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Astronomers: Saturn’s Moon Enceladus Holds Huge Ocean Of Water

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Astronomers say a deep ocean lies beneath the icy crust of Enceladus. (Image credit: NASA)

Astronomers say a deep ocean lies beneath the icy crust of Enceladus. (Image credit: NASA)

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LONDON (CBS Tampa) – Scientists have discovered a huge ocean of water on one of Saturn’s moons, reports Space.com.

Enceladus is covered with a crust of ice that is 19 to 25 miles thick. The ocean, say astronomers, is about 6 miles deep.

They also say the water is in direct contact with a rocky sea floor. And that’s exciting because it sets the stage for all kinds of complex chemical reactions that may be similar to what led to life on Earth.

“The main implication is that there are potentially habitable environments in the solar system in places which are completely unexpected,” said study lead author Luciano Iess with Sapienza University in Rome.

Iess and his colleagues mapped out Enceladus’ gravity by measuring how the 313-mile-wide moon tugged on the Cassini spacecraft during three close flybys from 2010 to 2012.

The heat required to keep this water in a liquid state is generated within the moon itself. Scientists theorize the energy may be coming from tidal and gravitational interactions with another of Saturn’s moons, Dione.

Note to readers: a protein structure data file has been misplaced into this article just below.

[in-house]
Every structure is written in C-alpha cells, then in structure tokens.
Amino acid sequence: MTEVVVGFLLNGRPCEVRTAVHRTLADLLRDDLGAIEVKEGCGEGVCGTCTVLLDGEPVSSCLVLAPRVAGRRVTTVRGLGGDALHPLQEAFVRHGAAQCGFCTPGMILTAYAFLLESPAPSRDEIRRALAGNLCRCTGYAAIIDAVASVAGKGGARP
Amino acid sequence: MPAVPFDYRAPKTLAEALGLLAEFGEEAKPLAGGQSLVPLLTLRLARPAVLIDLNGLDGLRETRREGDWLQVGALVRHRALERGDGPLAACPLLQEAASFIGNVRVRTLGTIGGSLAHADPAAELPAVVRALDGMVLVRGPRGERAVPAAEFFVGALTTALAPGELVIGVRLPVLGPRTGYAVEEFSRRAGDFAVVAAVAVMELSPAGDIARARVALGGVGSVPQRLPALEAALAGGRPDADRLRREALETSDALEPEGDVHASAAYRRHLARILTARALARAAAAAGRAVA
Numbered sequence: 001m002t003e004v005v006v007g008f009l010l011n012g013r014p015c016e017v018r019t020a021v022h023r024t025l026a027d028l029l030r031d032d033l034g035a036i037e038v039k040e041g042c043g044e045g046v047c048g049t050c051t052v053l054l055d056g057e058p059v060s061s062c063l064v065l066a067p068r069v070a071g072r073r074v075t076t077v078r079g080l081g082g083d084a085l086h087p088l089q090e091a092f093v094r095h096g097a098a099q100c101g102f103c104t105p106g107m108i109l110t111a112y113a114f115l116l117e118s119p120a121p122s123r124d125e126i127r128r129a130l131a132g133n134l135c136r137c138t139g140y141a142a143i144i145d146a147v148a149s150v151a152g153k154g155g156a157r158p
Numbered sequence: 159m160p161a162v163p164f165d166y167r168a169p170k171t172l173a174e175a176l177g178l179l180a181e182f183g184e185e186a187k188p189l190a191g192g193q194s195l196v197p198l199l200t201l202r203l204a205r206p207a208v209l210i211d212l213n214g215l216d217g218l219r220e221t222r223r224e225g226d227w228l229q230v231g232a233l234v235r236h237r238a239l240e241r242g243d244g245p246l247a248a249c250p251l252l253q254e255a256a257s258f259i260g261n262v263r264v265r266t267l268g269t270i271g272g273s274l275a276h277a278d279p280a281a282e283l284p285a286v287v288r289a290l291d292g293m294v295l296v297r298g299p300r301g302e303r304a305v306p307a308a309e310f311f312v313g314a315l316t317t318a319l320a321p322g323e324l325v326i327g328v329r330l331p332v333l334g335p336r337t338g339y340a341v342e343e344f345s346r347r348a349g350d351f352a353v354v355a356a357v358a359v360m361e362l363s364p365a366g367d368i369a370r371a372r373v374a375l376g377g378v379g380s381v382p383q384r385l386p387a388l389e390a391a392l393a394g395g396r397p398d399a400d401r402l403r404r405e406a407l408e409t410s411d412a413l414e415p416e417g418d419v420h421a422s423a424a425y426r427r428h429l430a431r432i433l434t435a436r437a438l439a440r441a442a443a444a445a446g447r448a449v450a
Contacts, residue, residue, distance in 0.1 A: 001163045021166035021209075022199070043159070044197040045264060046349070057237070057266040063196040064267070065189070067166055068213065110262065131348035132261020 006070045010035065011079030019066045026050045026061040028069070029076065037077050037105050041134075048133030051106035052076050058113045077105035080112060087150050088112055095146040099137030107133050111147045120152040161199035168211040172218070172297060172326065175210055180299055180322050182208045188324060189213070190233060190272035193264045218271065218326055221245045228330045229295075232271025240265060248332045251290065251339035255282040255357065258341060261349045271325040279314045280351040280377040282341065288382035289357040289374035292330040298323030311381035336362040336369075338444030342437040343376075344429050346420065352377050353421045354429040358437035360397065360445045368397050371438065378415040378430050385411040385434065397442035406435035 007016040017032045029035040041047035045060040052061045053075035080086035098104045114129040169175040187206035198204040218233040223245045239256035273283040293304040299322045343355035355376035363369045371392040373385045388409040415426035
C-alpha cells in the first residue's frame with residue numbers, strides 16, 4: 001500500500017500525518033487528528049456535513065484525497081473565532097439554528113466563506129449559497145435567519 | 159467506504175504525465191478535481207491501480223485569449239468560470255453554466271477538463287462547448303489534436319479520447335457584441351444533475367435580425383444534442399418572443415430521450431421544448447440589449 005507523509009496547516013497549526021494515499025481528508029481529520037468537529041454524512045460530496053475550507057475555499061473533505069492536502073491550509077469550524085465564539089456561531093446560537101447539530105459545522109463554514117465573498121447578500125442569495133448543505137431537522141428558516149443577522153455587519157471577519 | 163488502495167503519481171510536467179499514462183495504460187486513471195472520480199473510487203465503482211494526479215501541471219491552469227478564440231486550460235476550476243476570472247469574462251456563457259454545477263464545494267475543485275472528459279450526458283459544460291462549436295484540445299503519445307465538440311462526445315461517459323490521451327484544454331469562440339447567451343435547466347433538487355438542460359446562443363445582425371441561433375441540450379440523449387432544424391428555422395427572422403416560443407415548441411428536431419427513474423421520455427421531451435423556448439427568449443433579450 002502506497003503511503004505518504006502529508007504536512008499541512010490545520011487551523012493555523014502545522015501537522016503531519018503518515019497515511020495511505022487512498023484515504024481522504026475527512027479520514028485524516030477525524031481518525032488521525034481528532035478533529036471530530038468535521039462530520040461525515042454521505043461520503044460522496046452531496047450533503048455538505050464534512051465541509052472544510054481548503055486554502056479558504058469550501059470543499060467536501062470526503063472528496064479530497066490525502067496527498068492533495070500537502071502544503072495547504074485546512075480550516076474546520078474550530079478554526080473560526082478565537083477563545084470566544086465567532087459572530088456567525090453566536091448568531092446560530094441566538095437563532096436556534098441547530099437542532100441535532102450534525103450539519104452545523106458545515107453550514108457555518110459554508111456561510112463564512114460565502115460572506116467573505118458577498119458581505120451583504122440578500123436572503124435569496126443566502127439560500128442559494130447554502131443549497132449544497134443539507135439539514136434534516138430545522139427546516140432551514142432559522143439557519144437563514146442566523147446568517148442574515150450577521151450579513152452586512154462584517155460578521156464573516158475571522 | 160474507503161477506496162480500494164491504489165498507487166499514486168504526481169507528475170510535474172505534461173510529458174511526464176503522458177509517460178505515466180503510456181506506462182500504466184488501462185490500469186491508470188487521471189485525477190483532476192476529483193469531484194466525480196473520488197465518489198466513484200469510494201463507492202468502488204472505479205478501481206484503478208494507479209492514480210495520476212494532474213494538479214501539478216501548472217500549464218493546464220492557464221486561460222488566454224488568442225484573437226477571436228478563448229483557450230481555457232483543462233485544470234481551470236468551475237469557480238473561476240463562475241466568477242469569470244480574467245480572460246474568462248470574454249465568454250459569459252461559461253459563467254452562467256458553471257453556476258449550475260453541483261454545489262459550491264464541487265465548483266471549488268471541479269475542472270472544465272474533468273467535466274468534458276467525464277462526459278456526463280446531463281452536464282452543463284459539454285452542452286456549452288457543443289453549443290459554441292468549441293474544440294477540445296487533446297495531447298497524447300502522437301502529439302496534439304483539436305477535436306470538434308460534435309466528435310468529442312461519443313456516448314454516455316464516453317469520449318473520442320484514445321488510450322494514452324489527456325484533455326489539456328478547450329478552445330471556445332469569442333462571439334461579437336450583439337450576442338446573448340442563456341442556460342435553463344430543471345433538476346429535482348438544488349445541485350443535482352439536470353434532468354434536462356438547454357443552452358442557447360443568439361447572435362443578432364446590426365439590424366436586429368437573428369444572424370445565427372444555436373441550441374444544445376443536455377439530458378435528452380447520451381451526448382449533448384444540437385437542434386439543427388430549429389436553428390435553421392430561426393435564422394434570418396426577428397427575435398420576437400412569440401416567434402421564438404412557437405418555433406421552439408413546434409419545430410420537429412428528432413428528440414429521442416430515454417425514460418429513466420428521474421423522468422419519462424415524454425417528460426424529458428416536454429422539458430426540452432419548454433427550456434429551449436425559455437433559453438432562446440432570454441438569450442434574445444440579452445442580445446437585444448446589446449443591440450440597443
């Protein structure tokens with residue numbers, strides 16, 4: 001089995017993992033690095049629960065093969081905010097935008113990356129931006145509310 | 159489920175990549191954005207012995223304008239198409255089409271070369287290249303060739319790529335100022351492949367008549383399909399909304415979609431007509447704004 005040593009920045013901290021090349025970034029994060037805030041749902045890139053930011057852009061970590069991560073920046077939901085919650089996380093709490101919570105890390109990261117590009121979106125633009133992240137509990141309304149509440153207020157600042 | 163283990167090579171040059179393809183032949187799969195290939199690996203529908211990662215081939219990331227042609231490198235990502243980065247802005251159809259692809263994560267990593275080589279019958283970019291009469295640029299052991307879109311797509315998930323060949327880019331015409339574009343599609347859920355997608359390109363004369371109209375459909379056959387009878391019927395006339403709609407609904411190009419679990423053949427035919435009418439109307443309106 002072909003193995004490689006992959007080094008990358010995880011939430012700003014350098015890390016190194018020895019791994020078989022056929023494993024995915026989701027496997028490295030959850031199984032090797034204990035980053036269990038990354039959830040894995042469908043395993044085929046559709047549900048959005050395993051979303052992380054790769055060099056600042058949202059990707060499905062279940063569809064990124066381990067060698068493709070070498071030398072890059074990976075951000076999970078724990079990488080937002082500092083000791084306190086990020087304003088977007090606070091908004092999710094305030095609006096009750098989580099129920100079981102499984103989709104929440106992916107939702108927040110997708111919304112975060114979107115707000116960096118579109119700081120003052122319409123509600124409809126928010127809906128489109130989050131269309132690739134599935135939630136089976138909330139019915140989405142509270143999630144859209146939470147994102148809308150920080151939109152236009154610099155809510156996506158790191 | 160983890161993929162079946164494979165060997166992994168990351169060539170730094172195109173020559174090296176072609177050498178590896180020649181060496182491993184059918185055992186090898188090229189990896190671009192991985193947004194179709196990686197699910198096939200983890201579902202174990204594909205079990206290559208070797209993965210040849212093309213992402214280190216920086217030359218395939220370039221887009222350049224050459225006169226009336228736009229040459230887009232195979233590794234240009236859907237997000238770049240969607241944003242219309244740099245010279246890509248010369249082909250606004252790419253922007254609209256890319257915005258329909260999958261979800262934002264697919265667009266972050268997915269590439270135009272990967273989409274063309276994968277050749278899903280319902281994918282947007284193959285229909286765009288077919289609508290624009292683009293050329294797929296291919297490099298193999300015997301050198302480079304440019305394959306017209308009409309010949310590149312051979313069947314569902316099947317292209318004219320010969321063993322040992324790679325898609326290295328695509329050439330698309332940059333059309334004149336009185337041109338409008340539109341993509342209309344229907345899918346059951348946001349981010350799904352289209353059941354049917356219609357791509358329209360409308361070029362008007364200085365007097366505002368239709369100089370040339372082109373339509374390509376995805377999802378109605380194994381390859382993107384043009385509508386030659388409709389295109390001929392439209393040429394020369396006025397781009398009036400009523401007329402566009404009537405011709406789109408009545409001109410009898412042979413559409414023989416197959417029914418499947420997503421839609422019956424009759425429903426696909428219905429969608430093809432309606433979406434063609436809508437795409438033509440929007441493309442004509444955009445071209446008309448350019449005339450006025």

The ocean probably feeds the geysers observed on Enceladus. They are known to blast organic compounds, which contain the building blocks for life.

The surface area of the ocean would be about the size of Lake Superior, but because it is much deeper, it contains abundantly more liquid water.

It’s great news for astronomers looking for signs of life elsewhere in the solar system.

Jupiter’s moon Europa is also a candidate for life because it, too, has a large ocean of water beneath an icy crust.

(TM and © Copyright 2014 CBS Radio Inc. and its relevant subsidiaries. CBS RADIO and EYE Logo TM and Copyright 2014 CBS Broadcasting Inc. Used under license. All Rights Reserved. This material may not be published, broadcast, rewritten, or redistributed.)

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